Birthplace London, England.
Posts Held Stockjobber and loan contractor, 1793-1814; Country landowner, 1814-23.
Offices and Honours Founder Member, Geological Soc.; MP Portarlington, Ireland, 1819-23; Founder, Polit. Econ. Club, 1821.
Publications Books: 1. The High Price of Bullion (1810); 2. Essay on the Influence of a Low Price of Corn on the Profits of Stock (1814); 3. On the Principles of Political Economy and Taxation (1817); 4. On Protection to Agriculture (1822); 5. Plan for the Establishment of a National Bank (1824); 6. David Ricardo: Works and Correspondence , 11 vols, eds. P. Sraffa and M. H. Dobb (CUP, 1951-73).
Career Successor to Adam Smith's pre-eminent position in British economics, his influence continued to dominate the aims and methods of the discipline throughout the nineteenth century. Despite his own considerable practical experience, his writings are severely abstract and frequently difficult. His chief emphasis was on the principles of diminishing returns in connection with the rent of land, which he believed also regulated the profits of capital. He attempted to deduce a theory of value from the application of labour, but found it difficult to separate the effects of changes in distribution from changes in technology. The questions thus raised about the labour theory of value were taken up by Marx and the so-called `Ricardian socialists' as a theoretical basis for criticism of established institutions.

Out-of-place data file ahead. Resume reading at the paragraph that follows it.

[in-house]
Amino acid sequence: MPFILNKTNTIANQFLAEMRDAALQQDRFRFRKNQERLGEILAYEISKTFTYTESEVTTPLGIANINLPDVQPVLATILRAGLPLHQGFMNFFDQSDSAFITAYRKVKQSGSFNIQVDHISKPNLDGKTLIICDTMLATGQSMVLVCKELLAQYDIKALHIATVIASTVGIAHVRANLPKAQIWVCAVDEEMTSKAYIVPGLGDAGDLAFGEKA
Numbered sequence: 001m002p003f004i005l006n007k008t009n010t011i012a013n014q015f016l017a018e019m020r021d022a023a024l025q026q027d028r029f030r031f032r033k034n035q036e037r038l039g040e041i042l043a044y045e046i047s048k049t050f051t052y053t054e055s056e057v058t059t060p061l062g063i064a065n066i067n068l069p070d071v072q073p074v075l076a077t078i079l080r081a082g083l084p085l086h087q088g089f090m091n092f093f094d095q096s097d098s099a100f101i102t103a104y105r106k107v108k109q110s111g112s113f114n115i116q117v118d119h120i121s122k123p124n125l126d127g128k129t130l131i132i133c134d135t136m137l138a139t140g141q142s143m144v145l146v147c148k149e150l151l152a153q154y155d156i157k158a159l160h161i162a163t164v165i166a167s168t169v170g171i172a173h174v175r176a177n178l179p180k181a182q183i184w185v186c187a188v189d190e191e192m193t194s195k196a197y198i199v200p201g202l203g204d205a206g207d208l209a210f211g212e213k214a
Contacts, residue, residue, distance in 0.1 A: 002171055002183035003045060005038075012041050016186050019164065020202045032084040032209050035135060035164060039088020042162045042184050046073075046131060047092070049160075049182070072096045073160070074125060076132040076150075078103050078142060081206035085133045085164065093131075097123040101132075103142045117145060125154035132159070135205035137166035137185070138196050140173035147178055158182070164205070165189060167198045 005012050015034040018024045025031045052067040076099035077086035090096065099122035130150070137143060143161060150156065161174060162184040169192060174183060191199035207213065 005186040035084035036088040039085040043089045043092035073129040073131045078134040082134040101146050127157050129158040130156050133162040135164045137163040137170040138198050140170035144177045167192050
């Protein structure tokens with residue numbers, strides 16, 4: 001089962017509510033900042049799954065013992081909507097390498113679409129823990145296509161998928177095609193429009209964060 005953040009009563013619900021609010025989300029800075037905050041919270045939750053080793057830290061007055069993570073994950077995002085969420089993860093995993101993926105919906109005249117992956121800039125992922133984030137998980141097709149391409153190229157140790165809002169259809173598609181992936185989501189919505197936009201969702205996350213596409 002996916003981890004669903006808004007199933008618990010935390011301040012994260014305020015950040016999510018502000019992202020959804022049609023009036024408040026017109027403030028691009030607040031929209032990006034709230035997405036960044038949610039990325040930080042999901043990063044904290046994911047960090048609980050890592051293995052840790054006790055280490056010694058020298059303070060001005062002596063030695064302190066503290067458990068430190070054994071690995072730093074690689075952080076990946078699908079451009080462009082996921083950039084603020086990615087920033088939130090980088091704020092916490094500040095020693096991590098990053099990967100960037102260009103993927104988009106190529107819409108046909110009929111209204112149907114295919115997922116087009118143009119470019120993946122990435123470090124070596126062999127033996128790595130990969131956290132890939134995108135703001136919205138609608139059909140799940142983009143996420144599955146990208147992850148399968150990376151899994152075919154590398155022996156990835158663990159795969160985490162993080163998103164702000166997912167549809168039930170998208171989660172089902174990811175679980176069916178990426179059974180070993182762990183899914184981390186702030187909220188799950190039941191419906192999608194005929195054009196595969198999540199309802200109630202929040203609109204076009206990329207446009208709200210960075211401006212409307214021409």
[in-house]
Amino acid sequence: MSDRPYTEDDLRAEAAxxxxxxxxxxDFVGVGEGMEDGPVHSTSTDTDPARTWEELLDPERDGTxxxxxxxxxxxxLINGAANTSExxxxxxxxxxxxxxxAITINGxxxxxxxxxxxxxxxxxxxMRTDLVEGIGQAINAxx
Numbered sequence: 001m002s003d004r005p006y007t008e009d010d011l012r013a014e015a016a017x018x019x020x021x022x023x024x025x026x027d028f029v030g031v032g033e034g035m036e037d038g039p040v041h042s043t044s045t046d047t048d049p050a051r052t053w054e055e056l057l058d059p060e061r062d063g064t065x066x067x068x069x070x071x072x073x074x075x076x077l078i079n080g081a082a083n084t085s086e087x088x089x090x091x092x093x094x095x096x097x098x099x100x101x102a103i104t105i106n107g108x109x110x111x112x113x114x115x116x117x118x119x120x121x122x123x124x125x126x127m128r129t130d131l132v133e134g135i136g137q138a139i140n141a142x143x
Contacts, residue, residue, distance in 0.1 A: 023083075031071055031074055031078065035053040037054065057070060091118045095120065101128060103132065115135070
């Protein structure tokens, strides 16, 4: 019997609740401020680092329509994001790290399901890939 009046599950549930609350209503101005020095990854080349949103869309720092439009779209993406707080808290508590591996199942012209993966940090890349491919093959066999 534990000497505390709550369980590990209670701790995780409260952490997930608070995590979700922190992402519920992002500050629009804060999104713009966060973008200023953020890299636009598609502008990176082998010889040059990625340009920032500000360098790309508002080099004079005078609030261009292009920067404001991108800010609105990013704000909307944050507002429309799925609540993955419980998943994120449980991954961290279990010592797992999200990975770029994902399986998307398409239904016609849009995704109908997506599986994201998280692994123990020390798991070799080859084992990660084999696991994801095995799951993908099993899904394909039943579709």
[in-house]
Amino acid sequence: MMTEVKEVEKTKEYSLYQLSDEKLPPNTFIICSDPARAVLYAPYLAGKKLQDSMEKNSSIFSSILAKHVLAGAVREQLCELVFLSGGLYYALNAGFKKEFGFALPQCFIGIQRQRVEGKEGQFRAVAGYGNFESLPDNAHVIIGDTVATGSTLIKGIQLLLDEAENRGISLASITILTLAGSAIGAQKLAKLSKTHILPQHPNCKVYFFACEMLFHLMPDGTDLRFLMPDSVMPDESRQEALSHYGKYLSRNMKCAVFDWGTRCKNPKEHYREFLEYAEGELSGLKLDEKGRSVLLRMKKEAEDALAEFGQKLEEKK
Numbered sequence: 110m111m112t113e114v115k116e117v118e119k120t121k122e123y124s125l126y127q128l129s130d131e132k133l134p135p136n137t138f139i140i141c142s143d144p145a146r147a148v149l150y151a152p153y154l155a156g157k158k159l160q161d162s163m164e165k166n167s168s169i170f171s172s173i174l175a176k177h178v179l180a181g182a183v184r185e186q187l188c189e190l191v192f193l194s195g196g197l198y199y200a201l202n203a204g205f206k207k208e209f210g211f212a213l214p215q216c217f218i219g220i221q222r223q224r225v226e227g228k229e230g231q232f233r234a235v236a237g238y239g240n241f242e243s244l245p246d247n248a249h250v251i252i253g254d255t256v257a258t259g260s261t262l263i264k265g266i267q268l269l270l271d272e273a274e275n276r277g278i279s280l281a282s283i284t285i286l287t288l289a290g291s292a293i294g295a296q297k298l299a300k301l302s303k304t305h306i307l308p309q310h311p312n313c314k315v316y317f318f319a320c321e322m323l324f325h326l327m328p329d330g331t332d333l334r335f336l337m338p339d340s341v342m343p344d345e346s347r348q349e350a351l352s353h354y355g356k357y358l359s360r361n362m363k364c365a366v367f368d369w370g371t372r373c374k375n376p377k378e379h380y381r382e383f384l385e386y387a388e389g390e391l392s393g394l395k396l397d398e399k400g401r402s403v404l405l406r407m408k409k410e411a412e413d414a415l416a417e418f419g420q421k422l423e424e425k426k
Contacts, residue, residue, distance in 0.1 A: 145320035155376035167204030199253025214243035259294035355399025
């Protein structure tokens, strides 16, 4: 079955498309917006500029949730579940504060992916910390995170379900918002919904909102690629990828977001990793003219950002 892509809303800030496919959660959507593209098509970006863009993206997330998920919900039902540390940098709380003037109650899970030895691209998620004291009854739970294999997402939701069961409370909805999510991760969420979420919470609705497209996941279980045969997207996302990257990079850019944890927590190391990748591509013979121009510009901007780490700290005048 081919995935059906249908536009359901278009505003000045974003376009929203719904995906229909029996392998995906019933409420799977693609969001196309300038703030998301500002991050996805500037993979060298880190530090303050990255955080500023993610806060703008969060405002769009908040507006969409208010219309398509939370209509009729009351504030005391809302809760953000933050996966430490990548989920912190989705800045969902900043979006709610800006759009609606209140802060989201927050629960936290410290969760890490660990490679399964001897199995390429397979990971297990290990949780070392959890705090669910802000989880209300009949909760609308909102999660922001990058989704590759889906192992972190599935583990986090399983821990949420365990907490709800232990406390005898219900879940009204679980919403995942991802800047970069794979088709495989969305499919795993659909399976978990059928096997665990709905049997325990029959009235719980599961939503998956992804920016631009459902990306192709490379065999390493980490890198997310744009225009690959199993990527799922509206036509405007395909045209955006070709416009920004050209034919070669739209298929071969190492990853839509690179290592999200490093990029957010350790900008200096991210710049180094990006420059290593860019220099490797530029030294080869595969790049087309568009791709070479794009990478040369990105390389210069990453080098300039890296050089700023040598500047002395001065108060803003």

Ricardo's law of rent was probably his most notable and influential discovery. It was based on the observation that the differing fertility of land yielded unequal profits to the capital and labour applied to it. Differential rent is the result of this variation in the fertility of land. This priciple was also noted at much the same time by Malthus, West, Anderson, and others. His other great contribution, the law of comparative cost, or comparative advantage, demonstrated the benefits of international specialisation of the commodity composition of international trade. This was at the root of the free trade argument which set Britain firmly on the course of exporting manufactures and importing foodstuffs. His success in attaching other economists, particularly James Mill and McCulloch, to his views largely accounted for the remarkable dominance of his ideas ong after his own lifetime. Though much of this was eventually rejected, his abstract method and much of the theoretical content of his work became the framework for economic science at least until the 1870s.
Secondary Literature M. Blaug, `Ricardo, David', International Encyclopedia of the Social Sciences , D. L. Sills (ed.) (Macmillan and Free Press, 1968), vol. 13; M. Blaug, Ricardian Economics. A Historical Study (Greenwood Press, 1973); B. Gordon, Political Economy in Parliament, 1819-23 (Barnes & Noble, 1977); S. Hollander, The Economics of David Ricardo (Univ. Tronto Press, 1979).